Lest some radical critics feel sullied by the intrusion of the word tactical, I must insist that there is no shame in leftists’ thinking tactically at times—in fact, it is a necessity if we are to stay attuned to masses of people in a way that gives heft impact to any conceivable movement against the status quo. Here’s an example of such a critical tactical consideration: At the height of the anti-Vietnam War movement in the late 1960s and early 1970s, I was part of a coalition that was mobilizing hundreds of thousands of people in the streets around the concrete (and principled!) slogan, “Out Now!”, peaking in the April 1971 march on Washington DC that brought 1 million people to the nation’s capital to demand an immediate end to the war. At that time a chorus of very “principled” far leftists scorned these powerful outpourings—which materially aided the besieged Vietnamese workers and peasants—because the key demand did not, in their view, go far enough or did not address an array of other issues: they argued that we should declaim “Victory to the NLF” or “Smash Imperialism” or “Defend the Rights of Palestinians” and so on. Now the tactical consideration was that pinning the actions to these far-flung ultimatist, simon-pure demands would have winnowed the million marchers to maybe five thousand, thus depriving the action of all material impact on the war while deepening the delusional self-regard of a few enraged middle-class radicals—and damn the Vietnamese workers and peasants in the process.
So much for the general considerations that make at least some degree of critical support for the Sanders campaign a no-brainer for radicals hoping to make even minimal headway against the headwinds of mass ignorance and indifference. Now let’s tick off a checklist of some of the most common far-left complaints about the Sanders campaign, along with brief rebuttals:
Sanders is “sheepdogging” for the Democrats: This is self-fulfilling prophecy that presupposes that the mass of Americans are indeed sheep that can be easily herded into to this or that politician’s pen. This argument would carry more weight if Sanders were merely feinting left, with vague Obama-esque marketing slogans. But clearly he is propounding refreshingly frank and specific policies to reverse the ever-intensifying inequalities and injustices of the status quo, slashing with finely honed specifics against the abuses of the billionaire elite. Even if Sanders loses the nomination, the progressive issues and solutions he is purveying to a mass audience will embed firmly in popular political thought and action, making a future breakaway into political independence easier, not harder.
Sanders has vowed to support whoever is nominated by the Democratic Party: This is really a corollary of the “sheepdogging” thesis, and the answer to it is simple: So what? A bald, rumpled seventy-three-year-old is commanding a mass audience not for sex appeal but for his passion and clarity on substance; he is galvanizing a huge groundswell of issue-focused voters and activists who would otherwise not be engaged in politics at all. A whole generation of voters will be more receptive to any future left campaigns—including independent ones—thanks to his exertions, notwithstanding any personal endorsements he makes a year from now.
Sanders is not a “true” socialist: This is another “so what?” coupled to a “who cares?” Any of the 5,757 varieties of socialists ranging from Bernie Sanders to the Spartacists will tell you that they alone are the true socialists and that all the others are frauds. The Fox News Channel considers Obama a socialist; the Democratic Socialists of America would ridicule this foolishness, but they in turn would be called out as faux socialists by Trotskyist groups like the ISO and Socialist Alternative, who would in their turn be denounced as fraudulent by the ultra-Trot World Socialist Web Site (Socialist Equality Party), who would in yet another turn be reviled as mountebanks by the Mad Hatter-Trot Spartacists. Who, then, has unearthed the Holy Grail of “true” socialism? It’s a hopeless, absurd quest, on a par with defining “God” or the meaning of being. We need only recall that the Bolsheviks, socialists who actually made a revolution rather than merely bloviating about it, deployed as their main agitational slogan not “socialism now” or “nationalize the means of production”—they reached the masses by advancing the very concrete “land, bread, and peace,” sensibly grasping that desperate workers and peasants were more interested in tangibles than abstractions. This is a lesson well worth pondering for the armchair revolutionaries leading the charge against Sanders.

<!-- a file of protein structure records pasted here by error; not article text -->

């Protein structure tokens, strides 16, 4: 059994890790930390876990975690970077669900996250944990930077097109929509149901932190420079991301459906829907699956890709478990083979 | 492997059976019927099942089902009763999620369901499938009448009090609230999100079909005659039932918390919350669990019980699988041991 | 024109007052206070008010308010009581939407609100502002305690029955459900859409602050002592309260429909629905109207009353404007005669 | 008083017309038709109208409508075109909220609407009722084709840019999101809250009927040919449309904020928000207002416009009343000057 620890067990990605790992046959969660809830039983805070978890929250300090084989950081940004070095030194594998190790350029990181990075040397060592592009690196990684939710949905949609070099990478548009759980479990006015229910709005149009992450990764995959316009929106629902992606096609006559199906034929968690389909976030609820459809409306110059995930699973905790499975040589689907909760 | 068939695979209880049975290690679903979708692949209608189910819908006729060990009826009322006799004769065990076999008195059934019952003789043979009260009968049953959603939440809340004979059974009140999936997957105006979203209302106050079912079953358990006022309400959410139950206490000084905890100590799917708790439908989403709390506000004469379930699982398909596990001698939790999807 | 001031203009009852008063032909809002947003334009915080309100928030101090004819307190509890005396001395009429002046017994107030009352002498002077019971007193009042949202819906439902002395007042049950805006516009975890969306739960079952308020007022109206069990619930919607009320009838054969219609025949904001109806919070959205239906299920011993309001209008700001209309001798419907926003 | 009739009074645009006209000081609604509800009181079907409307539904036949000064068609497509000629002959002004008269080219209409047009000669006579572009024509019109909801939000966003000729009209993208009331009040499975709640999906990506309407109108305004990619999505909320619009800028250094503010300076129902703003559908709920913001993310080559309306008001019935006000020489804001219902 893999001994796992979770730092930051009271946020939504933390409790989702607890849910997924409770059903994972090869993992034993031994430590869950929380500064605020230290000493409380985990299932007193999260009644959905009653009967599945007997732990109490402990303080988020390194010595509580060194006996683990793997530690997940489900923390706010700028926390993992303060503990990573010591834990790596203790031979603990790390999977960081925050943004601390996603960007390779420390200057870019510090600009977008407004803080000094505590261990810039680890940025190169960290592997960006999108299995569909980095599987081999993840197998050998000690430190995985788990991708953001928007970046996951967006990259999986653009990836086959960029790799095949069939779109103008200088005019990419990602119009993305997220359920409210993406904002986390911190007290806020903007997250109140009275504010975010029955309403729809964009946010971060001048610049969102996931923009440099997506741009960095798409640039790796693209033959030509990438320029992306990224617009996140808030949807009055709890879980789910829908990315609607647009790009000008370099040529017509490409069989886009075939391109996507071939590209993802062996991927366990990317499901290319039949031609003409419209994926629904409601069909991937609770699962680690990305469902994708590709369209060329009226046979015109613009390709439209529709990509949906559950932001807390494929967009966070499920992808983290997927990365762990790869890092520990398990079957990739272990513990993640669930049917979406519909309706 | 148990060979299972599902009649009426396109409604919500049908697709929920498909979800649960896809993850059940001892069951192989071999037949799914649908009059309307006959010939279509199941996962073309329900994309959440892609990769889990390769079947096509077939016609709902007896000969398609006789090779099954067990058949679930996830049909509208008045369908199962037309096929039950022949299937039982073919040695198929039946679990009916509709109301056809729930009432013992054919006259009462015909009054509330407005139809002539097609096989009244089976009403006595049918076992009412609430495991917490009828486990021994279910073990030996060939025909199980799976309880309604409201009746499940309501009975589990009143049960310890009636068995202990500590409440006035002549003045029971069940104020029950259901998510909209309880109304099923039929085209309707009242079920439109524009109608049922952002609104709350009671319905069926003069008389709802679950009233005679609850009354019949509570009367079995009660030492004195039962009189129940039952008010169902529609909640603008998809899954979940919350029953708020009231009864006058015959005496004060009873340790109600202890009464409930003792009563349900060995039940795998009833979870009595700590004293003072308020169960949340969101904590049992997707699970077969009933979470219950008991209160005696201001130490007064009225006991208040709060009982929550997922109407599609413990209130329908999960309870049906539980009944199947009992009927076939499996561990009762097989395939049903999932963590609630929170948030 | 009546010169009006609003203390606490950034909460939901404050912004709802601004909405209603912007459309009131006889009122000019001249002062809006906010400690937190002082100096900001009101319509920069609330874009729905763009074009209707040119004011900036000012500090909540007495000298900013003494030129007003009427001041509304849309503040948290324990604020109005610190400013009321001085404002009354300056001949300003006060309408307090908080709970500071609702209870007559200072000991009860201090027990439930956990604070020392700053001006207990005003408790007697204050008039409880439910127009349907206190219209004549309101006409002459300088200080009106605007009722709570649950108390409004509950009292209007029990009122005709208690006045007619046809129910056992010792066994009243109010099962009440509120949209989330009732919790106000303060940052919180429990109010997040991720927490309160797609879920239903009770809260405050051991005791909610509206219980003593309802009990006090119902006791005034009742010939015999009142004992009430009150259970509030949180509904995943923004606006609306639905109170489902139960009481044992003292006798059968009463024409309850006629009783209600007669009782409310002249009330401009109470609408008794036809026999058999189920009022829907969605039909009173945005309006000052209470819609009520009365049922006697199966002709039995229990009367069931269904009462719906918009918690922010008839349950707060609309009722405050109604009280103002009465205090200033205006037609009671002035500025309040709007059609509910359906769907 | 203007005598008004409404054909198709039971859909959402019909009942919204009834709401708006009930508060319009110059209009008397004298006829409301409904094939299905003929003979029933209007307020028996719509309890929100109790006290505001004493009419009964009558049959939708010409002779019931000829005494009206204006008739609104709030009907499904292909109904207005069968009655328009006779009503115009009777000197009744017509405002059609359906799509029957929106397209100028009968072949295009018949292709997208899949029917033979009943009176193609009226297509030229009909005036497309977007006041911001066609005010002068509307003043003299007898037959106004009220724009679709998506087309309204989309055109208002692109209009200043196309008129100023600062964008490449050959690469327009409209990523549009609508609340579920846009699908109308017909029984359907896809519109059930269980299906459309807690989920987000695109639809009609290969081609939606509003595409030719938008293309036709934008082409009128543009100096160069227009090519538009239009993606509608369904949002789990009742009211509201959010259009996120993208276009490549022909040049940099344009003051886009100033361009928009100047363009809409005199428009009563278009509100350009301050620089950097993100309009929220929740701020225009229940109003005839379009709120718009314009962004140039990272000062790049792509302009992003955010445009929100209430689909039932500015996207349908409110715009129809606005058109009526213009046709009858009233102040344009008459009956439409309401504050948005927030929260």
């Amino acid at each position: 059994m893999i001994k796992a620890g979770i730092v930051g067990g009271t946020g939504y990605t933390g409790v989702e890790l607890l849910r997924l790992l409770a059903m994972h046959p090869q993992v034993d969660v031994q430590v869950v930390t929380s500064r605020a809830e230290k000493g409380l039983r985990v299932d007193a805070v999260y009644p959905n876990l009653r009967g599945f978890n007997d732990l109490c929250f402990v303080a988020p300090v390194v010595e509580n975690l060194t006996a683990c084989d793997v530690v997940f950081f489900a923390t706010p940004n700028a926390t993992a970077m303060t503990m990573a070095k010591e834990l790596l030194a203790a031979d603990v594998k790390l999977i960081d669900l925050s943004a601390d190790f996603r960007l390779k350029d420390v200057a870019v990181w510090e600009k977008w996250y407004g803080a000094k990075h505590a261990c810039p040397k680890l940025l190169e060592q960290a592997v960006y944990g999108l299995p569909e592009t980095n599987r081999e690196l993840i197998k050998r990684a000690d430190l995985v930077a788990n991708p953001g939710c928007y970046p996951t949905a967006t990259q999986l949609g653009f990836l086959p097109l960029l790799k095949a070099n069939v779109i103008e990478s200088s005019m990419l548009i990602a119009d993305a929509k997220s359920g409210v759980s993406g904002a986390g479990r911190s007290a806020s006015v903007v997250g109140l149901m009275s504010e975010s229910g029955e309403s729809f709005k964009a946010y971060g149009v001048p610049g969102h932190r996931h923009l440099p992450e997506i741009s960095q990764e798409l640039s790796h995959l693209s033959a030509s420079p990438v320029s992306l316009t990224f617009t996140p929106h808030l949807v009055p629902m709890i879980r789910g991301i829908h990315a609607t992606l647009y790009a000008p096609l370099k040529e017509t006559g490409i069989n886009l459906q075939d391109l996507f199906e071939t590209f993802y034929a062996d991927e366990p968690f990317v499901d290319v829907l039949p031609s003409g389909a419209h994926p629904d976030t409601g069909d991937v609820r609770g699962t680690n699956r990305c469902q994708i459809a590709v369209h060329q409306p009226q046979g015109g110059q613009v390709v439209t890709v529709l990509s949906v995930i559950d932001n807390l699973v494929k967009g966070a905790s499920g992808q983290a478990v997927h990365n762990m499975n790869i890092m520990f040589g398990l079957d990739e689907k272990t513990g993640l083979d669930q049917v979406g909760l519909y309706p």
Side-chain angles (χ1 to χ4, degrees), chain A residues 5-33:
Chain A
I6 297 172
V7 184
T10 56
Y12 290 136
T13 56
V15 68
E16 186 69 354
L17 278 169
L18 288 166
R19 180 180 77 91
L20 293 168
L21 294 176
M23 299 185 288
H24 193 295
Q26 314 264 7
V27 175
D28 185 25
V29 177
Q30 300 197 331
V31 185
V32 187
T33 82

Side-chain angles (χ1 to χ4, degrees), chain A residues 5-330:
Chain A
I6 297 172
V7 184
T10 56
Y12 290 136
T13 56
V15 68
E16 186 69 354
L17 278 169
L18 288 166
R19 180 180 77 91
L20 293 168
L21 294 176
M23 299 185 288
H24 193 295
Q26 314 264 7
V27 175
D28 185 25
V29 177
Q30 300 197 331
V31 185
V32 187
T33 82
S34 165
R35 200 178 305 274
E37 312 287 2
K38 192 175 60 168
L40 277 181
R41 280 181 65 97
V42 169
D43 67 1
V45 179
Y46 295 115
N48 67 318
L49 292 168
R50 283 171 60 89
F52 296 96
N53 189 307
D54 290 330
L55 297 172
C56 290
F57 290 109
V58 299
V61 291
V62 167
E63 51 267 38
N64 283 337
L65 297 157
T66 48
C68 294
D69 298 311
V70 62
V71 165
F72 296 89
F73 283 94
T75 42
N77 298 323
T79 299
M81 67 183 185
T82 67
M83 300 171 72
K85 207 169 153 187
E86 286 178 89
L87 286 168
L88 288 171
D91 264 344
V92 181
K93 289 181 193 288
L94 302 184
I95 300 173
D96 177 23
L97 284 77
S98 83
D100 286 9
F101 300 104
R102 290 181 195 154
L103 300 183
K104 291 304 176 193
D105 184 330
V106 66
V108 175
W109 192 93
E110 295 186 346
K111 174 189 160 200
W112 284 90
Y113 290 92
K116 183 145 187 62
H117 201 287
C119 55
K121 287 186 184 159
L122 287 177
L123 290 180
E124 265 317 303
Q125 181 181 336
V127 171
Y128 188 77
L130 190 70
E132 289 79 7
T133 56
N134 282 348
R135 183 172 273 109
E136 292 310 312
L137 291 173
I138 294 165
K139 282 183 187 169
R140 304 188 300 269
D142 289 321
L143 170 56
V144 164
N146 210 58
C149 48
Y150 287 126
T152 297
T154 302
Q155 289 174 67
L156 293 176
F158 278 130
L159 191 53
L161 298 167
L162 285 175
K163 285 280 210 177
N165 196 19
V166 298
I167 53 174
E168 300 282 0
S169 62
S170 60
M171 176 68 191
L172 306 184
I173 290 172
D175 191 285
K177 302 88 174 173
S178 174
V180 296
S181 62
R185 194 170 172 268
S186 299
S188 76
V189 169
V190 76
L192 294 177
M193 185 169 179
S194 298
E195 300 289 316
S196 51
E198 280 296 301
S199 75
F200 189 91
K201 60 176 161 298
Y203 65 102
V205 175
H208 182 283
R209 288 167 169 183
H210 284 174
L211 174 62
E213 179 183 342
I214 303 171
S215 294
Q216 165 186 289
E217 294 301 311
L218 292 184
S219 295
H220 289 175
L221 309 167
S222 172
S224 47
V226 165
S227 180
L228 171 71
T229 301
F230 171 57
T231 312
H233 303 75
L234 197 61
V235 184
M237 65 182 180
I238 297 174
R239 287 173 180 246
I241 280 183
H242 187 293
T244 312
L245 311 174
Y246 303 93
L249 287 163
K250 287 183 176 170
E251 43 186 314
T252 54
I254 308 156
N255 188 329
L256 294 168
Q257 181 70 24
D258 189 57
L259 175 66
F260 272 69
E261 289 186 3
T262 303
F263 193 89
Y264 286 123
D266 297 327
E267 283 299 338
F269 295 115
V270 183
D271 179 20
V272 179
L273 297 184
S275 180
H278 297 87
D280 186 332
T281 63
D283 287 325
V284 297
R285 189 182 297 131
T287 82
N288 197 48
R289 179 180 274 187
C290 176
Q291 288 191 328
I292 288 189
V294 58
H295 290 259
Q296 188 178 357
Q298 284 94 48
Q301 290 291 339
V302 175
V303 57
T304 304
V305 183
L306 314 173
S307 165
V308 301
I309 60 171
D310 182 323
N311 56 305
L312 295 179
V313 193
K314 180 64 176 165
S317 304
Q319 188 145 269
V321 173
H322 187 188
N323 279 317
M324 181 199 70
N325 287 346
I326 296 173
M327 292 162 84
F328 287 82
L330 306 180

Elections are a trap and diversion from real organizing: See once again the Bolsheviks, who regularly ran in election campaigns as a means of purveying their ideas—it worked pretty well for them. As long as elections are viewed as a tactic in a broader movement-building strategy, it is simply foolish to abstain from the reachout opportunities they afford. This leads to the next point:
The Sanders campaign subtracts energy and resources from independent parties like the Greens: Supporting the Sanders campaign right now vs. building an independent party and movement is not a zero-sum game in which every dollar or ounce of energy devoted to the former is necessarily subtracted from the latter. Sanders is posing progressive and class-based issues with a boldness and bluntness and honesty that set him apart from past progressive Democratic primary aspirants. And no recent left-leaning Democratic presidential aspirant has sparked anything close to the firestorms of enthusiasm springing up around the Sanders campaign. This combination of mass momentum and programmatic boldness make the Sanders campaign a uniquely explosive force in American politics right now. If Sanders cannot win the nomination and endorses Clinton (or whomever) with the usual less-evil incantations, he will, by dint of the power of his campaign, have unleashed energies and insights into the political sphere that will have a life of their own well beyond his campaign and will redound to the benefit of future independent organizing efforts.